Towards a Joyful Economics

Posted on May 28, 2017 by
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In fall 2013, I was living in an apartment in Brooklyn with my husband, our cat, and the 24-hour roar of the expressway next door. I’d recently peaked out of a graduate creative writing program, quit my job, and started on an overhaul of my memoir, funded by money not spent on grad school.

To complete my revision by the deadline I’d set, I needed to spend many hours per day alone—which would have been fine, except that when I emerged from seclusion (usually sometime in the afternoon) I had trouble finding company. Most people, including my husband, were at work. For money. Even evenings and weekends, I struggled against the sense that my friends were too busy for me, and shrank from the anxiety-ridden task of making appointments.

I dreaded having to sell my time for money again, once my savings ran out; I acknowledged my social starvation. And I noted a deep yearning for a new story of joyful contribution to a supportive community, enlivened by a stream of easy interaction.

Enter the Gift Circle—a pattern developed by Alpha Lo and friends in Fairfax, California and popularized by author and speaker Charles Eisenstein.

In Sacred Economics (Evolver Editions, 2011), Eisenstein offers both a glimpse of a life-serving economy based on gift and connection, and release from the belief that financial struggle bespeaks a character flaw. In his view, the economy as we know it—which creates money as debt—thrives on, and therefore rewards, extractive activity that turns the commons (air, water, soil, bodies, attention, culture, relationships) into cash. It wants us to clearcut a forest rather than preserve it for wildlife, to monocrop cattle feed rather than tend a biodynamic farm. However, he shows, it is possible to reverse monetization (aka “development”) by feeding a sacred economy based on a shared belief in life as the original gift from which all bounty flows. Practicing mutuality—giving joyfully and prolifically to the whole—we can trust that it, in turn, will give to us.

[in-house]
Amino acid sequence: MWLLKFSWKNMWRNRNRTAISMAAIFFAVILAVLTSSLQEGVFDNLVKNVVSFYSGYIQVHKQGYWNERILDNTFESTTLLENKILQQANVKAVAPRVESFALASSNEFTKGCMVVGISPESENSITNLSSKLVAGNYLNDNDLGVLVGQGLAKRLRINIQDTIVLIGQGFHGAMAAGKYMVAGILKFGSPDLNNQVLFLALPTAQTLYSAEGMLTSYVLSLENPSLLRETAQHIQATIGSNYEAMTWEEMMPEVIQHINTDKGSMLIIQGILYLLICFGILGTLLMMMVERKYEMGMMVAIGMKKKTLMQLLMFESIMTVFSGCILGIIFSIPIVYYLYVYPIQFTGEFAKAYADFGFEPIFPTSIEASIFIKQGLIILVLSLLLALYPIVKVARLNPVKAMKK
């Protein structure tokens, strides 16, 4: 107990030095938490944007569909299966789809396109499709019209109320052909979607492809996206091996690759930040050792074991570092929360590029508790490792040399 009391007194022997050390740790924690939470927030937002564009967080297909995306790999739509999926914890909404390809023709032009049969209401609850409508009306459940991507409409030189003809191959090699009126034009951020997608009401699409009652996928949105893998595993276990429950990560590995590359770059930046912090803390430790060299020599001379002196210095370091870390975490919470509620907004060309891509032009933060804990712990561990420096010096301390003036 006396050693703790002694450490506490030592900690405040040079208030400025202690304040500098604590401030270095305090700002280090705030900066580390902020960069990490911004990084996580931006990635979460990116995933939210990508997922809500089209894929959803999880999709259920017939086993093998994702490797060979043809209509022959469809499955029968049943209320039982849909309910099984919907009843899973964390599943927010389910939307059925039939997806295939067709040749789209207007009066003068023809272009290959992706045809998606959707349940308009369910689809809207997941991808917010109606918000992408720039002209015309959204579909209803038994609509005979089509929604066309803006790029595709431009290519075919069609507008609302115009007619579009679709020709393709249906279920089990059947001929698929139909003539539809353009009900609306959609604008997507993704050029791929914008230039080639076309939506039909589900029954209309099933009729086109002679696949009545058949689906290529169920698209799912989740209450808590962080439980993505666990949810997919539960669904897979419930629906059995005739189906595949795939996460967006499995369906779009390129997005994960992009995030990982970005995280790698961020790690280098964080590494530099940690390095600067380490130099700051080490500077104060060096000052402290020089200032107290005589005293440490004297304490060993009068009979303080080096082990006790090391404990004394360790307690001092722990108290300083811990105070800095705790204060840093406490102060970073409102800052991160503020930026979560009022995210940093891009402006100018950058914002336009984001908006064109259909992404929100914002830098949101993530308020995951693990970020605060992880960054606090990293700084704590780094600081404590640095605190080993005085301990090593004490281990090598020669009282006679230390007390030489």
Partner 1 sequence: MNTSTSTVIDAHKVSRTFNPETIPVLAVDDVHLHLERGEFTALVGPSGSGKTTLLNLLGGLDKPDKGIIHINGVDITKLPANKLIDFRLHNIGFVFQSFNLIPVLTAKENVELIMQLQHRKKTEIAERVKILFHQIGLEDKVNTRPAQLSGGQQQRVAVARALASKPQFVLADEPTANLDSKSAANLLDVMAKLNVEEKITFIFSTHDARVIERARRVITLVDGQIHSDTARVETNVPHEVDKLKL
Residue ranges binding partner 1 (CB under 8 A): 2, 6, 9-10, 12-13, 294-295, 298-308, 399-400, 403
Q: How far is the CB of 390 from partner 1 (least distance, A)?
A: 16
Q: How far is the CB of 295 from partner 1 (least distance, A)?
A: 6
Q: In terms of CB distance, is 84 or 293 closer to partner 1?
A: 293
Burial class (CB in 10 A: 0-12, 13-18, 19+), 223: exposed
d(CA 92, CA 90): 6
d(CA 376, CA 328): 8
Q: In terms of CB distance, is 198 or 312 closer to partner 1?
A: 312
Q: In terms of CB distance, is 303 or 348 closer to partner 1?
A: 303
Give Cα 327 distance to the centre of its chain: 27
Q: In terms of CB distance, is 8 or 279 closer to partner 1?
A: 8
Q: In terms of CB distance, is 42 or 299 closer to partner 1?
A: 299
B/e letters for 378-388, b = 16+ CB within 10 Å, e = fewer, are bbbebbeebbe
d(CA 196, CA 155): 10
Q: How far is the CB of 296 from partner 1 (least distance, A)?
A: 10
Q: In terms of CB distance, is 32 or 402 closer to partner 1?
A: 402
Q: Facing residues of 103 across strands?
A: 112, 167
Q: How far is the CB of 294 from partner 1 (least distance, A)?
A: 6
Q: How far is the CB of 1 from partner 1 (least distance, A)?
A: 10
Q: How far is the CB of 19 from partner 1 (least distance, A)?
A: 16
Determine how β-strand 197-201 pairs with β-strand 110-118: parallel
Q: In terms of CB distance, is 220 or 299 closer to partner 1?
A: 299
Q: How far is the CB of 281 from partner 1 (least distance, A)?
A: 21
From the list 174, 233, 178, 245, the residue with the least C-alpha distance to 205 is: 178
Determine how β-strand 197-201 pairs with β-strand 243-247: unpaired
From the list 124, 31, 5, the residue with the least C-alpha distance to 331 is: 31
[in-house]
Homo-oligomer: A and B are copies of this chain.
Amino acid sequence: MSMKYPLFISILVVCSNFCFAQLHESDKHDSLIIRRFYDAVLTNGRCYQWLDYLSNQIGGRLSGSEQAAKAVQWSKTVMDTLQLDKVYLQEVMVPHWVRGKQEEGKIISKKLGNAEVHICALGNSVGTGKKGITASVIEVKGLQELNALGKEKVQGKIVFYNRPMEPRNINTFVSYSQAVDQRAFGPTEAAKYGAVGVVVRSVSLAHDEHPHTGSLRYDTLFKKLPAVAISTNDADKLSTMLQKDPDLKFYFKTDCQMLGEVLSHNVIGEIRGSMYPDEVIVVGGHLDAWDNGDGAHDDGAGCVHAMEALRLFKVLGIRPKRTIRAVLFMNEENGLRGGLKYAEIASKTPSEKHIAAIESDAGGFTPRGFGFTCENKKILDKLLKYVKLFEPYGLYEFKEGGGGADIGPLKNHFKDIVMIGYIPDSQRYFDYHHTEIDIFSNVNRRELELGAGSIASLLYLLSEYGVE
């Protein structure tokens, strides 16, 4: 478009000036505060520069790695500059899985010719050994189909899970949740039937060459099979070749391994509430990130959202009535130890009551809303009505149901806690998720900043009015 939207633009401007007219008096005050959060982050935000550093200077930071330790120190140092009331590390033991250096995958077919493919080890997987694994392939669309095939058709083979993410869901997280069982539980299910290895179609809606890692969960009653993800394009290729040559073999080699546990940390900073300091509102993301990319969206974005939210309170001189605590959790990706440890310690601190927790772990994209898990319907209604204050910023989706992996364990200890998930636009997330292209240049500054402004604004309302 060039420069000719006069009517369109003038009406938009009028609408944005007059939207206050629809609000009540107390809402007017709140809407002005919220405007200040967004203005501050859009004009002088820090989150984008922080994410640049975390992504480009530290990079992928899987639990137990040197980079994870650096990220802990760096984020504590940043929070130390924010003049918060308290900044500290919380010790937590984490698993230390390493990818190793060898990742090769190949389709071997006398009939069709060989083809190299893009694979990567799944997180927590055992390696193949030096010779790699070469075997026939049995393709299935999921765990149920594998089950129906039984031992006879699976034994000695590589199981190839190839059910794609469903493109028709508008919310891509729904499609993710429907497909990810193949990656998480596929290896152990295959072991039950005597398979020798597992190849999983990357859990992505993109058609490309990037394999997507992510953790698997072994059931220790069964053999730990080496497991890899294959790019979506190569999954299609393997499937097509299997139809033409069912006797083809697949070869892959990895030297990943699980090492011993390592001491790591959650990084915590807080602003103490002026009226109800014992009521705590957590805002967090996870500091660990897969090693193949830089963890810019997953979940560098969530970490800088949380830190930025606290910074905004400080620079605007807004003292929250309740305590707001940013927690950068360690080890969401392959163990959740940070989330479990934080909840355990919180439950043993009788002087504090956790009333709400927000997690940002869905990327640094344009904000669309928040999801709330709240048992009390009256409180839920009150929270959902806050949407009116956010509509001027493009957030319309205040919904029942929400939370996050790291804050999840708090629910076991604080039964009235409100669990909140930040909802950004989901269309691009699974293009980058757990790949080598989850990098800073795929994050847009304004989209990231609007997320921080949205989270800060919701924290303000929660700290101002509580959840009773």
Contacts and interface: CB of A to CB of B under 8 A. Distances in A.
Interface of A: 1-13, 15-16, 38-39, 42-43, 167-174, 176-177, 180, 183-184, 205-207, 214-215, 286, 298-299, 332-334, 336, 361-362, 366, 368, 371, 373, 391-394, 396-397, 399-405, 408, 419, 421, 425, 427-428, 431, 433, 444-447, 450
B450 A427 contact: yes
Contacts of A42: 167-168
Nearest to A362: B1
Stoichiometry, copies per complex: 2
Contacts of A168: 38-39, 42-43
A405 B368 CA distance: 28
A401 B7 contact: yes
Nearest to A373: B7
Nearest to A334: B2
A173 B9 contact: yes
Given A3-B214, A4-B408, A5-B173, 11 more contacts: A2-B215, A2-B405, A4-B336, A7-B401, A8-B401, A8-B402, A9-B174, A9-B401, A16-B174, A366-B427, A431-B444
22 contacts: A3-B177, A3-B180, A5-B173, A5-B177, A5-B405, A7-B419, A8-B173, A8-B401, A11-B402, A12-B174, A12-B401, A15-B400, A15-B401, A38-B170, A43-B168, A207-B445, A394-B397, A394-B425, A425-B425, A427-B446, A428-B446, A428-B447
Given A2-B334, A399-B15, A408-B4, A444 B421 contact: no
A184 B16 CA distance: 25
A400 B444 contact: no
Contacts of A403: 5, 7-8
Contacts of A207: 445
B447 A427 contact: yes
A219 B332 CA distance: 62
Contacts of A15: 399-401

In a Gift Circle—as described by Eisenstein in a piece for YES! magazine—a varying number of people come together to make requests and offers, and express gratitude, especially for gifts received through previous meetings. It sounded like a perfect way to gain company while reducing my need for money. Unable to find a Gift Circle already growing in Brooklyn, I decided I would start one.

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The Brooklyn Gift Circle, hosted by the Brooklyn Society for Ethical Culture, met once a month, with a summer break, from February 2014 through June 2015—a total of 15 times. In all, more than 50 people attended at least one Circle; Circles ranged in size from two to 16. Gifts given included: A phone cord, a Kindle, an iPod. Magic mushrooms, basil plants, a poster painted by hand. Use of a saw, a planer, an expedition-sized backpack. Cat-sitting, housecleaning, healing bodywork. Counseling. Gardening and career advice. Help avoiding eviction and securing an apartment. Help with moving and household chores. A job as an arborist. A blind date that bloomed into a months-long relationship. A series of Craft Nights allowing us to mend, knit, whittle, paint, in company.